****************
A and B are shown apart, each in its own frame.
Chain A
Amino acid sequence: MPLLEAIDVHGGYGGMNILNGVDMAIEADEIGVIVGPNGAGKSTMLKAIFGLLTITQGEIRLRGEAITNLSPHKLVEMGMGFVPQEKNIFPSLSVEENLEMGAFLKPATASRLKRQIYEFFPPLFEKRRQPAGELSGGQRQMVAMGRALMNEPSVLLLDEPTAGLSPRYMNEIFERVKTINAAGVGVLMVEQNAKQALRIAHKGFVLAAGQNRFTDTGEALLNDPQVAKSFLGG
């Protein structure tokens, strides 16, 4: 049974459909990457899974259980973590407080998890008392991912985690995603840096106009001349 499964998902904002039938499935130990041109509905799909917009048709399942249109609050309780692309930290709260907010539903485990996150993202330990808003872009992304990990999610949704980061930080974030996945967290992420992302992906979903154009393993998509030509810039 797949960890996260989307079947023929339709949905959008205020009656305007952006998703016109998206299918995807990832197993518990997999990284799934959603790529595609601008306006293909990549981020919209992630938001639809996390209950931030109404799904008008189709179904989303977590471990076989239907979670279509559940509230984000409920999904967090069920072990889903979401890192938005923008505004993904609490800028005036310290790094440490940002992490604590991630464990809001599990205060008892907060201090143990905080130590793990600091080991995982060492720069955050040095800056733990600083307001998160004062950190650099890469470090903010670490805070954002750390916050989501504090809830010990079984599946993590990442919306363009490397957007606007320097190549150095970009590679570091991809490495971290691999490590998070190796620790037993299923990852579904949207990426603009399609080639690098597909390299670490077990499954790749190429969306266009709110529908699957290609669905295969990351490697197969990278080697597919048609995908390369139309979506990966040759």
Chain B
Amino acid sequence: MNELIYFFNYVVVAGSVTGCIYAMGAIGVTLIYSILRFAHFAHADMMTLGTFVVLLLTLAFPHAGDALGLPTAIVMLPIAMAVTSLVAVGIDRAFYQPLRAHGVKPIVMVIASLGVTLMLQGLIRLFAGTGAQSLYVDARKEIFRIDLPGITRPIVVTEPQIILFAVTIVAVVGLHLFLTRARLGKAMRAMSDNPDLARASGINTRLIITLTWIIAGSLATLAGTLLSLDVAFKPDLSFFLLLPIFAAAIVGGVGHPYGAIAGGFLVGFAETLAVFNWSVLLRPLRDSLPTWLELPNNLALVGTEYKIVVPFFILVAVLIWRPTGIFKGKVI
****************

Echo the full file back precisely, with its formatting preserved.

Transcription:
A and B are shown apart, each in its own frame.
Chain A
Amino acid sequence: MPLLEAIDVHGGYGGMNILNGVDMAIEADEIGVIVGPNGAGKSTMLKAIFGLLTITQGEIRLRGEAITNLSPHKLVEMGMGFVPQEKNIFPSLSVEENLEMGAFLKPATASRLKRQIYEFFPPLFEKRRQPAGELSGGQRQMVAMGRALMNEPSVLLLDEPTAGLSPRYMNEIFERVKTINAAGVGVLMVEQNAKQALRIAHKGFVLAAGQNRFTDTGEALLNDPQVAKSFLGG
């Protein structure tokens, strides 16, 4: 049974459909990457899974259980973590407080998890008392991912985690995603840096106009001349 499964998902904002039938499935130990041109509905799909917009048709399942249109609050309780692309930290709260907010539903485990996150993202330990808003872009992304990990999610949704980061930080974030996945967290992420992302992906979903154009393993998509030509810039 797949960890996260989307079947023929339709949905959008205020009656305007952006998703016109998206299918995807990832197993518990997999990284799934959603790529595609601008306006293909990549981020919209992630938001639809996390209950931030109404799904008008189709179904989303977590471990076989239907979670279509559940509230984000409920999904967090069920072990889903979401890192938005923008505004993904609490800028005036310290790094440490940002992490604590991630464990809001599990205060008892907060201090143990905080130590793990600091080991995982060492720069955050040095800056733990600083307001998160004062950190650099890469470090903010670490805070954002750390916050989501504090809830010990079984599946993590990442919306363009490397957007606007320097190549150095970009590679570091991809490495971290691999490590998070190796620790037993299923990852579904949207990426603009399609080639690098597909390299670490077990499954790749190429969306266009709110529908699957290609669905295969990351490697197969990278080697597919048609995908390369139309979506990966040759």
Chain B
Amino acid sequence: MNELIYFFNYVVVAGSVTGCIYAMGAIGVTLIYSILRFAHFAHADMMTLGTFVVLLLTLAFPHAGDALGLPTAIVMLPIAMAVTSLVAVGIDRAFYQPLRAHGVKPIVMVIASLGVTLMLQGLIRLFAGTGAQSLYVDARKEIFRIDLPGITRPIVVTEPQIILFAVTIVAVVGLHLFLTRARLGKAMRAMSDNPDLARASGINTRLIITLTWIIAGSLATLAGTLLSLDVAFKPDLSFFLLLPIFAAAIVGGVGHPYGAIAGGFLVGFAETLAVFNWSVLLRPLRDSLPTWLELPNNLALVGTEYKIVVPFFILVAVLIWRPTGIFKGKVI